From Turku to Kristinestad

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First stop on Saturday was Uusikaulunki, a small town on the coast. The car park overlooked the river, and there were quite a few small boats chugging up and down. From a distance the town looked quite pretty, with a couple of tall church spires, but there really wasn’t much to see or do. After strolling round the dozen or so stalls in the market square we went and found the tourist information office, but that was only open Monday to Friday. Fortunately their free WiFi was still on, so we found a bench and downloaded app updates on our phones.

Posing

Another great parking space overlooking the marina

We spotted quite a few seniors using four wheeled scooters to get about the place, a great way to keep fit!

Keep fit scooters for the seniors

After lunch in the van we continued on our way to Rauma, this time taking the scenic route (which wasn’t too scenic as it was mostly through the forest). Old Rauma is the largest wooden city in the Nordic countries, and the timber buildings covering some 30 hectares (or rugby pitches) have been declared a UNESCO World Heritage site. Not content with just the one UNESCO listing, the bronze age burial cairns in even older Rauma have also been given World Heritage status.

After finding a big enough space in the car park we walked through the old town. First impressions were that it did feel like walking back in time (though it would have been even better if there had been no cars about), though after a while it started to feel a bit Disneyfied.

The shops were largely aimed at tourists, as were the many restaurants and bars. One restaurant had a fixed price lunch offering a three course lunch and glass of wine, rather like the ‘menu del día’ you often see in Spain, only as the Rauma version was €30, it was more more like ‘menu del (very) dear’.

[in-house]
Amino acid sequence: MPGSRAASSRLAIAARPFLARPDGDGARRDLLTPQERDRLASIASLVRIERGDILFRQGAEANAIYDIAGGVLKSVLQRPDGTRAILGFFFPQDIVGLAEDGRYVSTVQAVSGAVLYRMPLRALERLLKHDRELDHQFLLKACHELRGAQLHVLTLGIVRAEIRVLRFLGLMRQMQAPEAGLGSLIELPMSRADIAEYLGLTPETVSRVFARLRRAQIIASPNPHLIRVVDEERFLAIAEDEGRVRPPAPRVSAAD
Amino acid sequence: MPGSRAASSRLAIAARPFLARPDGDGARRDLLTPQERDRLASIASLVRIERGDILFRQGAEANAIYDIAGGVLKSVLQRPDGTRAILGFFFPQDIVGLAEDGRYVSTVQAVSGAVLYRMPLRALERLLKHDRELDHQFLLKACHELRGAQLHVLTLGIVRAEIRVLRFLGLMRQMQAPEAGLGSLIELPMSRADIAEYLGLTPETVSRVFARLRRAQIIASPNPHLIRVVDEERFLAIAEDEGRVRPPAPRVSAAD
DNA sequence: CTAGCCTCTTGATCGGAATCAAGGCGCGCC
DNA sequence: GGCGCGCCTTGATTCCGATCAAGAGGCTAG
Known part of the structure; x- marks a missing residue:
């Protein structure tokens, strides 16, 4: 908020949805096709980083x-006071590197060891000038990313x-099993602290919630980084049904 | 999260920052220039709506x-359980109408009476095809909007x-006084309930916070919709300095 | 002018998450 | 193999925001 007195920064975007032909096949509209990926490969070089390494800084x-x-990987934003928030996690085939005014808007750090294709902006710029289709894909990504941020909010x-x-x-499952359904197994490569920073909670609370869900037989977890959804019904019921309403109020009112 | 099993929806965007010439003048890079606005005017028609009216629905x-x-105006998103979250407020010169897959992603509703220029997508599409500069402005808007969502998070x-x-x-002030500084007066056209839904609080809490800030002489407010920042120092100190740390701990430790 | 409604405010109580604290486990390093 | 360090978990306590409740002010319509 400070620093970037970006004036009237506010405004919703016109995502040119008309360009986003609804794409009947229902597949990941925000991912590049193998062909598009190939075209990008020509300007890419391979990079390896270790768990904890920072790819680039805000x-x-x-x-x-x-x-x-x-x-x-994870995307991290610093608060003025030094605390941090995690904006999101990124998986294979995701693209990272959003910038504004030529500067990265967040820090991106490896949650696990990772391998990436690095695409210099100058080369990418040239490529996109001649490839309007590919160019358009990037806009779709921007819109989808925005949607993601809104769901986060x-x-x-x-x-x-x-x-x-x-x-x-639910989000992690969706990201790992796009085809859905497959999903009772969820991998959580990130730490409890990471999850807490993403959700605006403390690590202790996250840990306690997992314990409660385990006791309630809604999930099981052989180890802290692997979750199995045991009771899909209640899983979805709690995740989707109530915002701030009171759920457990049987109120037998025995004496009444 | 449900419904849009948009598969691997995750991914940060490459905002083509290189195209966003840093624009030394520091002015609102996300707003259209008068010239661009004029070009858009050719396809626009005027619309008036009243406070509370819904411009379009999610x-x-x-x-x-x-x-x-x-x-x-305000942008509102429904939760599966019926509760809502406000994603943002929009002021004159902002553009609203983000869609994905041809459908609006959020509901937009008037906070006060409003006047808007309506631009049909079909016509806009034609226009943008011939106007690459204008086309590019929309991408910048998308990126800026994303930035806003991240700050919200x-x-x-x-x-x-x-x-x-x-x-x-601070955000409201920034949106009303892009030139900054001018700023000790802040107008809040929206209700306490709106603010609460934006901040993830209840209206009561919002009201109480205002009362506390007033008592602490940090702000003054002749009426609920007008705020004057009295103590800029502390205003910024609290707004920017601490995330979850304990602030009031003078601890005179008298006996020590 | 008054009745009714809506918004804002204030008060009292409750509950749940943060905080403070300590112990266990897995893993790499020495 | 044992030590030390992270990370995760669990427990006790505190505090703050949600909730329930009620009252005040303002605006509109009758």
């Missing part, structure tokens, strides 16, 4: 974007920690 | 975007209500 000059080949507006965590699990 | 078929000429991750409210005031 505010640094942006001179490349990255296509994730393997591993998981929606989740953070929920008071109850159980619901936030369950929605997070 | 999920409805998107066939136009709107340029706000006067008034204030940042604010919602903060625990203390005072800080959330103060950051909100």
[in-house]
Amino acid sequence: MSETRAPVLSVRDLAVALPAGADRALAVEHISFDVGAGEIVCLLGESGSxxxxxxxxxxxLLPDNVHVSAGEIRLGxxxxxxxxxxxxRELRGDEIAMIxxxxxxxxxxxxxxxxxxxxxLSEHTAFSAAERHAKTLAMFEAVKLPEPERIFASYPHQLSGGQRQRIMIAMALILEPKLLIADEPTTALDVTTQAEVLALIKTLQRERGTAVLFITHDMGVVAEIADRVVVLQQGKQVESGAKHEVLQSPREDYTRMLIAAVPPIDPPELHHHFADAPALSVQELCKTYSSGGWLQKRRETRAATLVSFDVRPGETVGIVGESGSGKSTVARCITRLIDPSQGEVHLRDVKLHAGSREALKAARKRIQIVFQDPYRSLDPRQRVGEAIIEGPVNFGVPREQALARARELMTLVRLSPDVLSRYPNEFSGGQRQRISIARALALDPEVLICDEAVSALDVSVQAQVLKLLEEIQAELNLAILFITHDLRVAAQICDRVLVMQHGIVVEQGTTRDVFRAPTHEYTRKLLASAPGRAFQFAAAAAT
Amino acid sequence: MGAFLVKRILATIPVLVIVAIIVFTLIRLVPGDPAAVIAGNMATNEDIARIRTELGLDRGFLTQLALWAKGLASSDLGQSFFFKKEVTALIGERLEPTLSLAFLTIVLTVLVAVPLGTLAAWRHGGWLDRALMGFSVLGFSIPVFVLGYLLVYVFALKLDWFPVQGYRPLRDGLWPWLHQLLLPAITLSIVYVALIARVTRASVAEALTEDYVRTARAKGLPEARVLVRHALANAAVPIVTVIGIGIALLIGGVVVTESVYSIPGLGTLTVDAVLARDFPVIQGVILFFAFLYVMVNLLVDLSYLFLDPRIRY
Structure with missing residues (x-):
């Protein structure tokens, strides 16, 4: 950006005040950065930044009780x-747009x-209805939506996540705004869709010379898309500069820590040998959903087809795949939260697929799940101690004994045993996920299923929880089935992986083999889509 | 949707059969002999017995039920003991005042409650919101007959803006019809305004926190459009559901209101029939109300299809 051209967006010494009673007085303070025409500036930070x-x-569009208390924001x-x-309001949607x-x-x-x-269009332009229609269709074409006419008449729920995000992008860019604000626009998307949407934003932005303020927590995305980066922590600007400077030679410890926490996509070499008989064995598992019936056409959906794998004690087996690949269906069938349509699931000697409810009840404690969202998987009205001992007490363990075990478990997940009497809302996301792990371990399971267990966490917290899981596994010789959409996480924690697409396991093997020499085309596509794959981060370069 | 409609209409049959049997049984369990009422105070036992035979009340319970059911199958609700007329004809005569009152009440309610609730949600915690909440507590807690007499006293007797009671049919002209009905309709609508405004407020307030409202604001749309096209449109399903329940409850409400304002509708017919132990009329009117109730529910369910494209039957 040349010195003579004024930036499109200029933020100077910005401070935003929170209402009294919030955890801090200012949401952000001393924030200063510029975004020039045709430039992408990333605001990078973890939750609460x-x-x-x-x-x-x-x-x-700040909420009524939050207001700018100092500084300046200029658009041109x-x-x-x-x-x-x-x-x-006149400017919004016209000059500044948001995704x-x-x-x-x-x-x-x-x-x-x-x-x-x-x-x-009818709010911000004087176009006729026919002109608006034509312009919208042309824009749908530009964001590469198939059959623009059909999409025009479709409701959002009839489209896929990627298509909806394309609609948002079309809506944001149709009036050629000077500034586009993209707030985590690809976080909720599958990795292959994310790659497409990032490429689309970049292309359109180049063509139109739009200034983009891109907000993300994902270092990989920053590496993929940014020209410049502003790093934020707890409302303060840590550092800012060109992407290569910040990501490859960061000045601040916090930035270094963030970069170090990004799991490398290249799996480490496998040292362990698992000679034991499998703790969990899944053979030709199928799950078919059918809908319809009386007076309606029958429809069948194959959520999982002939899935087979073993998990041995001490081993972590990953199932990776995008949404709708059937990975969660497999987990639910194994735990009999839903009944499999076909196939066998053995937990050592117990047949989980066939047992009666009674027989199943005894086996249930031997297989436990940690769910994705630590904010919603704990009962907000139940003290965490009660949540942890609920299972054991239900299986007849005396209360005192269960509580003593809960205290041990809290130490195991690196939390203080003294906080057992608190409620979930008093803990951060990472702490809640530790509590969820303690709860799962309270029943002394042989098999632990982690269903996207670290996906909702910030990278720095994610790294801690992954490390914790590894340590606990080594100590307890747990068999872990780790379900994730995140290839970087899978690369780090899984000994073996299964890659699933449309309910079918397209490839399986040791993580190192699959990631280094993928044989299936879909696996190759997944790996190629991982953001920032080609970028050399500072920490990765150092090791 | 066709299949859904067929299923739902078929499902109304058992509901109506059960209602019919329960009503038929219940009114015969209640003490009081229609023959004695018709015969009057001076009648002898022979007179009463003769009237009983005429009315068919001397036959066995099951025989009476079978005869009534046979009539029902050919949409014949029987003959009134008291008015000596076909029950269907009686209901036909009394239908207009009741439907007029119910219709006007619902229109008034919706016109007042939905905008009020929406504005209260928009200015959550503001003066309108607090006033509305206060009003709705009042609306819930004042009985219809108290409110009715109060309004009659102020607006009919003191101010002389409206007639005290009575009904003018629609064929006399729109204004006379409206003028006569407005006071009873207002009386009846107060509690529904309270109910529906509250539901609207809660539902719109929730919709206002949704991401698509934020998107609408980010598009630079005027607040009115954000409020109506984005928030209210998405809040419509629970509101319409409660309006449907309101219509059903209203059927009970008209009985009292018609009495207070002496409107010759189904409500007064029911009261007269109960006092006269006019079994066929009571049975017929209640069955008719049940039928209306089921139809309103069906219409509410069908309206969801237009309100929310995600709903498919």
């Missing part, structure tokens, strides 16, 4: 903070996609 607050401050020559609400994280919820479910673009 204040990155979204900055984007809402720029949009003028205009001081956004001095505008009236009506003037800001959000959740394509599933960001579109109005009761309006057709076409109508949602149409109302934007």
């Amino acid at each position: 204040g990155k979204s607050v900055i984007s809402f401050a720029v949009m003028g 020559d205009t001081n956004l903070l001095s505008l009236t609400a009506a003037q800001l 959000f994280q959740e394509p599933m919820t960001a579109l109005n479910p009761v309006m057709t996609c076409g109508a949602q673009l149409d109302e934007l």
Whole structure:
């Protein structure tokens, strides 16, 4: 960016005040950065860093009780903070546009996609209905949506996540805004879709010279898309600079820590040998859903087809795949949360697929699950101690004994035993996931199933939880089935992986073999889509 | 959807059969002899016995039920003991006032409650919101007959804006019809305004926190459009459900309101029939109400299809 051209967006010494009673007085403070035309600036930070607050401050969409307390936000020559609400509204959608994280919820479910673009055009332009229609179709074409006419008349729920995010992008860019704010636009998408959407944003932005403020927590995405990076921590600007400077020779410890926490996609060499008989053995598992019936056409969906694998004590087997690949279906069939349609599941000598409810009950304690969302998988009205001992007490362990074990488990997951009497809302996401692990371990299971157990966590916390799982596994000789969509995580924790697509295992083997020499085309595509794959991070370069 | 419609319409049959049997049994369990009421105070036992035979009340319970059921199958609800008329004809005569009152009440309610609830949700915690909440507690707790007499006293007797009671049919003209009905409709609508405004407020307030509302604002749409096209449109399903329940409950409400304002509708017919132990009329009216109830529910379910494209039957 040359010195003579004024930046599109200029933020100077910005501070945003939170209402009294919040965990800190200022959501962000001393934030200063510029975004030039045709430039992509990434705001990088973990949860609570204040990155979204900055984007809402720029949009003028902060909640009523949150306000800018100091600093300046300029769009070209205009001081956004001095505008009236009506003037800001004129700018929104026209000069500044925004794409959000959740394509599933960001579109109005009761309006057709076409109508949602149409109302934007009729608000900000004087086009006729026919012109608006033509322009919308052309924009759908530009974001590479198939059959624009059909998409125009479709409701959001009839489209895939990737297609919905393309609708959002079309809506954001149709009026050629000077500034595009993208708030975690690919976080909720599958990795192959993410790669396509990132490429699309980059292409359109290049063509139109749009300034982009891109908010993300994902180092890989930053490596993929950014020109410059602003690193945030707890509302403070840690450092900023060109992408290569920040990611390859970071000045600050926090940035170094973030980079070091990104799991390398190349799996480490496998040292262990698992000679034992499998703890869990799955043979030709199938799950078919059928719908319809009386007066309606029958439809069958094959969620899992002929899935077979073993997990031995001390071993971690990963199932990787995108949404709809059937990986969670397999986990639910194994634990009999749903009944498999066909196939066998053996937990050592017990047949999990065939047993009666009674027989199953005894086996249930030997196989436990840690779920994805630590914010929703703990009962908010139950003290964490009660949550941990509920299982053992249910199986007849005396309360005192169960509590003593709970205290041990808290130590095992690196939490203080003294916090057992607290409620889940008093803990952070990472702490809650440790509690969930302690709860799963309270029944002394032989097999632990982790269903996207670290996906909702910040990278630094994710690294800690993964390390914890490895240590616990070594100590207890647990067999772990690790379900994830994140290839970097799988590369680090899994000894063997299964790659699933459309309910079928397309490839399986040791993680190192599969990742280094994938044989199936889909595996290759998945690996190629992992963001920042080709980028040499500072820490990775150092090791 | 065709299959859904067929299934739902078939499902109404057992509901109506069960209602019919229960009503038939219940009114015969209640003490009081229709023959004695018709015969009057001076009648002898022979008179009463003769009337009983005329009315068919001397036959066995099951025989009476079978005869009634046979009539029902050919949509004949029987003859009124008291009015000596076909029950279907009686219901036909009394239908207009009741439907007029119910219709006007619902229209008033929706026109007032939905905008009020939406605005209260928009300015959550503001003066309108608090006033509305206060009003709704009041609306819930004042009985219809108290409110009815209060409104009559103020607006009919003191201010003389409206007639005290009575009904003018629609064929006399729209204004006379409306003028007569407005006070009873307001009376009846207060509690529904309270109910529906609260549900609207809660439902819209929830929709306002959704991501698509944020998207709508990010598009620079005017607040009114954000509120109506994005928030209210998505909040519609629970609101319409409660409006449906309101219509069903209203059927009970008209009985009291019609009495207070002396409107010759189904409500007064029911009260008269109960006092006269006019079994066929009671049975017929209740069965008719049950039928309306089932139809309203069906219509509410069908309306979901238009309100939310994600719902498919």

A fun sculpture

They have a Specsavers here

More wooden buildings in Rauma

Our camperstop for the night was a car park by a beach in Rauma. As it was a lovely afternoon it was really busy, but we bagged a space and by early evening our van was the only vehicle there.

We’ve read that frisbee golf is a popular pastime here, and we found a frisbee ‘hole’ by the beach – a metal frame with chains which you have to land the frisbee in. Unfortunately we didn’t see anyone playing, but if we do see any frisbees in the shops then we’ll buy a couple so that we can have a go.

View from the beach

Frisbee golf

Now that we’ve travelled so far north, it doesn’t go dark until nearly midnight – even then it doesn’t go very dark – and by 4AM it’s light again. To help us get off to sleep we draw all the blinds about an hour before bedtime and switch the lights on, even though it’s broad daylight outside, and so far this has worked. Whether this continues to work once we’re in the land of the midnight sun remains to be seen.

Today we moved on to Kristinestad, a small village on the coast, and we’re in another car park overlooking the beach and the sea. There’s nothing here, but that makes a nice change.

Kristinestad

Tomorrow we’ll continue moving further north, though we haven’t decided where we’ll stop – we’ll just see where we end up.

Photos are here.

Mike

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